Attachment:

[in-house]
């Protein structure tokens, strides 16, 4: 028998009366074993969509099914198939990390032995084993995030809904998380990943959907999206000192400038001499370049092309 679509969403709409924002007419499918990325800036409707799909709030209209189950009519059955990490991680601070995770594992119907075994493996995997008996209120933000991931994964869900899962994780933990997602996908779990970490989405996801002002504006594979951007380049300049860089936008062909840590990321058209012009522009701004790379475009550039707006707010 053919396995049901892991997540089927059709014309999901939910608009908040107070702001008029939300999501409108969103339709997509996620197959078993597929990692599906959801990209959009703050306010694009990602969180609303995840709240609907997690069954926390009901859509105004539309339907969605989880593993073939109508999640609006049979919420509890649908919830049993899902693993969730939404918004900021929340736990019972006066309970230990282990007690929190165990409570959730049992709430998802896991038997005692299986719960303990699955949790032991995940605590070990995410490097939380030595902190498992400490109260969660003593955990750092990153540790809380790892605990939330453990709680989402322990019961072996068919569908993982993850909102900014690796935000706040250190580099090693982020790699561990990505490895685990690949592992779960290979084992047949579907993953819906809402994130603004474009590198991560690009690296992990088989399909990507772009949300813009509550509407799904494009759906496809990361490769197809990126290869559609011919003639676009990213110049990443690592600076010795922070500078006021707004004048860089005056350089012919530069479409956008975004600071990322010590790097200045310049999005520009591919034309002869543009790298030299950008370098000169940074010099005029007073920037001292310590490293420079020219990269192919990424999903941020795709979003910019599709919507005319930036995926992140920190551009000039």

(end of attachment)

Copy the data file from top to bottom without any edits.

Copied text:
[in-house]
């Protein structure tokens, strides 16, 4: 028998009366074993969509099914198939990390032995084993995030809904998380990943959907999206000192400038001499370049092309 679509969403709409924002007419499918990325800036409707799909709030209209189950009519059955990490991680601070995770594992119907075994493996995997008996209120933000991931994964869900899962994780933990997602996908779990970490989405996801002002504006594979951007380049300049860089936008062909840590990321058209012009522009701004790379475009550039707006707010 053919396995049901892991997540089927059709014309999901939910608009908040107070702001008029939300999501409108969103339709997509996620197959078993597929990692599906959801990209959009703050306010694009990602969180609303995840709240609907997690069954926390009901859509105004539309339907969605989880593993073939109508999640609006049979919420509890649908919830049993899902693993969730939404918004900021929340736990019972006066309970230990282990007690929190165990409570959730049992709430998802896991038997005692299986719960303990699955949790032991995940605590070990995410490097939380030595902190498992400490109260969660003593955990750092990153540790809380790892605990939330453990709680989402322990019961072996068919569908993982993850909102900014690796935000706040250190580099090693982020790699561990990505490895685990690949592992779960290979084992047949579907993953819906809402994130603004474009590198991560690009690296992990088989399909990507772009949300813009509550509407799904494009759906496809990361490769197809990126290869559609011919003639676009990213110049990443690592600076010795922070500078006021707004004048860089005056350089012919530069479409956008975004600071990322010590790097200045310049999005520009591919034309002869543009790298030299950008370098000169940074010099005029007073920037001292310590490293420079020219990269192919990424999903941020795709979003910019599709919507005319930036995926992140920190551009000039």